Remembering a Forgotten Upset

The Kentucky Colonels
File Photo

In 1921, Harvard lost to Centre College, 6-0, despite the Crimson’s undefeated streak dating back to 1916. It is still considered one of the biggest upsets in college football history.

When the Harvard football team kicks off against Dartmouth tomorrow night at 6 p.m., both teams will be making minor history. It’s the first time that the Crimson has ever played two night games at Harvard Stadium in the same season, and it is the Big Green’s second game ever under the lights.

But few beyond the most fanatical football history buffs know the historical significance of tomorrow’s game.

Ninety years ago to the day, playing at the same stadium, Harvard hosted Centre College, a small school from Danville, Ky.

Coming into that 1921 matchup, Harvard hadn’t lost a game since 1916, excluding exhibitions during World War I that generally aren’t counted as official. The Crimson was just about two years removed from its first and only Rose Bowl win in 1920, and the team was still at the top of the football world.

A week before that game, Harvard tied Penn State, 21-21. Despite signs that the Crimson might not be as strong as it had been a year prior, no one in Boston gave the tiny school in Kentucky a chance.


But against all odds, in front of more than 40,000 fans at Harvard Stadium, the Crimson lost, 6-0.

It was an embarrassing loss for Harvard. Alumni and fans alike expressed both shock and frustration in the defeat at the hands of the Centre Praying Colonels.

“Centre College triumphed because they outrushed, outpassed, and out-maneuvered their Crimson opponents,” said R. B. Wigglesworth, class of 1912 and member of the football advisory committee, to The Harvard Crimson the Monday after the game. “If victory is to be achieved over Princeton and Yale the team must demonstrate on the field a complete reversal of form.”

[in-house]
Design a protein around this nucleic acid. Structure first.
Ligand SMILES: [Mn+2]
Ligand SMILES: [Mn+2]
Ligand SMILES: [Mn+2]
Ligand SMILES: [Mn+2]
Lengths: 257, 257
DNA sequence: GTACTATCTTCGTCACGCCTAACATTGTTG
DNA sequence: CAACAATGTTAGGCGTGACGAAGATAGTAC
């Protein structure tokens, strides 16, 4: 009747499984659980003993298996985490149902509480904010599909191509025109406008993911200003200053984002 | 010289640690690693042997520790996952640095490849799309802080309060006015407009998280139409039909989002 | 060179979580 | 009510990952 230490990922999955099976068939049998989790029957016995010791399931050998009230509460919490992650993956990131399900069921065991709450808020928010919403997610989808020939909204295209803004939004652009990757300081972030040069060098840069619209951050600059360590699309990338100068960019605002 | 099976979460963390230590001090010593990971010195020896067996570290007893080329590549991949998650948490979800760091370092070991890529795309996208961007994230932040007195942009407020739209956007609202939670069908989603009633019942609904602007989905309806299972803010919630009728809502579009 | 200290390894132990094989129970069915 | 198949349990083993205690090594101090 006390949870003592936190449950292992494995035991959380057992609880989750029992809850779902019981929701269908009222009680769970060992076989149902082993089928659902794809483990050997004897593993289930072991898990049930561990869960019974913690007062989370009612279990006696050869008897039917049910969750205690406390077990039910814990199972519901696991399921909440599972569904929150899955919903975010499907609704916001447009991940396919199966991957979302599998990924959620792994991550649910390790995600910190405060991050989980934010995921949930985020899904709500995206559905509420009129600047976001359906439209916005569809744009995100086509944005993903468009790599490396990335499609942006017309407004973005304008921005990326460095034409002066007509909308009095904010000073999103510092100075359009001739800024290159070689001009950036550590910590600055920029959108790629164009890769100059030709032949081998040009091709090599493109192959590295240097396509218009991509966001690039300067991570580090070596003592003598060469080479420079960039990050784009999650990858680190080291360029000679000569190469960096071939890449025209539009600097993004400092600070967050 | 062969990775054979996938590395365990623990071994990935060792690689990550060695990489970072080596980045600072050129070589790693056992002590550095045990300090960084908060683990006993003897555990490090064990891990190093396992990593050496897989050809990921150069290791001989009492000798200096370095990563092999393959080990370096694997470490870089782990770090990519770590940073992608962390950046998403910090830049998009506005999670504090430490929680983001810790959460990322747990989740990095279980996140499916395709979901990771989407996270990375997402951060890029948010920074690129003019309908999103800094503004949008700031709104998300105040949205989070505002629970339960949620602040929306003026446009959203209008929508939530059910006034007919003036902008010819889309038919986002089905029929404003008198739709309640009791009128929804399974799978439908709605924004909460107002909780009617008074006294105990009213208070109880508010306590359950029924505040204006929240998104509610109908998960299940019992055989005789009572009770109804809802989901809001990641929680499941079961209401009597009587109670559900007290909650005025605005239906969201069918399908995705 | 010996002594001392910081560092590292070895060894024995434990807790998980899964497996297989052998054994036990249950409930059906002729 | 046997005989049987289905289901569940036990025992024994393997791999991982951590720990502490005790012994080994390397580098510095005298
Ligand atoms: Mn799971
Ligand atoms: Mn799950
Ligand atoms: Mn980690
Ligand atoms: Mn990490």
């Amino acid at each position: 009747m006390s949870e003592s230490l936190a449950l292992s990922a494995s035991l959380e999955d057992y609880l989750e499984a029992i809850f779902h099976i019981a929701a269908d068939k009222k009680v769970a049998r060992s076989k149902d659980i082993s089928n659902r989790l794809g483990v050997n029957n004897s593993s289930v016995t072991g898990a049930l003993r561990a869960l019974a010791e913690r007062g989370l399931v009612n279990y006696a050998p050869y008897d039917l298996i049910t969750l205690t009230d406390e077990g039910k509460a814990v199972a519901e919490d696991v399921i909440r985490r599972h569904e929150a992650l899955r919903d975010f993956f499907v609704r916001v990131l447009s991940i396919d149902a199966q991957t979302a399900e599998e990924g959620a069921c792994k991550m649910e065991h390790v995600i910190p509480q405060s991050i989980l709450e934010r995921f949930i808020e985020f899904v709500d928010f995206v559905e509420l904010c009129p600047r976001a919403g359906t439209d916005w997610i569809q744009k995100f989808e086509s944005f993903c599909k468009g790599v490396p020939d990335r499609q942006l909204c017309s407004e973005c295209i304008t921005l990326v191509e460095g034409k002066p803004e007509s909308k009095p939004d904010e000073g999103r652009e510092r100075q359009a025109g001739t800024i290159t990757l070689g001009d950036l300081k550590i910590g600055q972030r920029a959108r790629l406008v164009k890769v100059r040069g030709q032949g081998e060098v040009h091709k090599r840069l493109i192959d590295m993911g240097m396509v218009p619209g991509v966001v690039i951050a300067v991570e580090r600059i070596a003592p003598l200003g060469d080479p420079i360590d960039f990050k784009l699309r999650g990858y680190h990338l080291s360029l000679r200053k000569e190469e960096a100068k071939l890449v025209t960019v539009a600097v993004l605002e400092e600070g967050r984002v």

The Crimson’s sub-headline captures the school’s sentiments on the game: “Raging Kentuckians Humble University Team by 6 to 0 Before Packed Stadium Crowd.”

Bo McMillin, Centre’s quarterback and a consensus All-American, scored the team’s lone touchdown, and he became an icon in the state of Kentucky for it.

“I’d rather be Bo McMillin at this moment than the governor of Kentucky,” Edwin Morrow, the governor of Kentucky, said after the game.

The 1921 Harvard-Centre game is remembered as one of the all-time major upsets in the history of college football, and the Associated Press called it the greatest upset in all of sports in the first half of the 20th century.

Even today, it is still considered one of the most shocking victories in the game’s history, on the same level as Appalachian State’s stunning 2007 win over Michigan.

“Centre admired the boys from Harvard … but they also wanted to beat them so they could enter into the level that Harvard was playing,” said Robert Robertson, a Centre graduate and author of a book on the Centre football team in the early 1920s. “During that era, Harvard, Princeton, and Yale were the powers. They were the Big Three. From the conception of the game in 1869 until the early ’20s, the big powers were in the East.”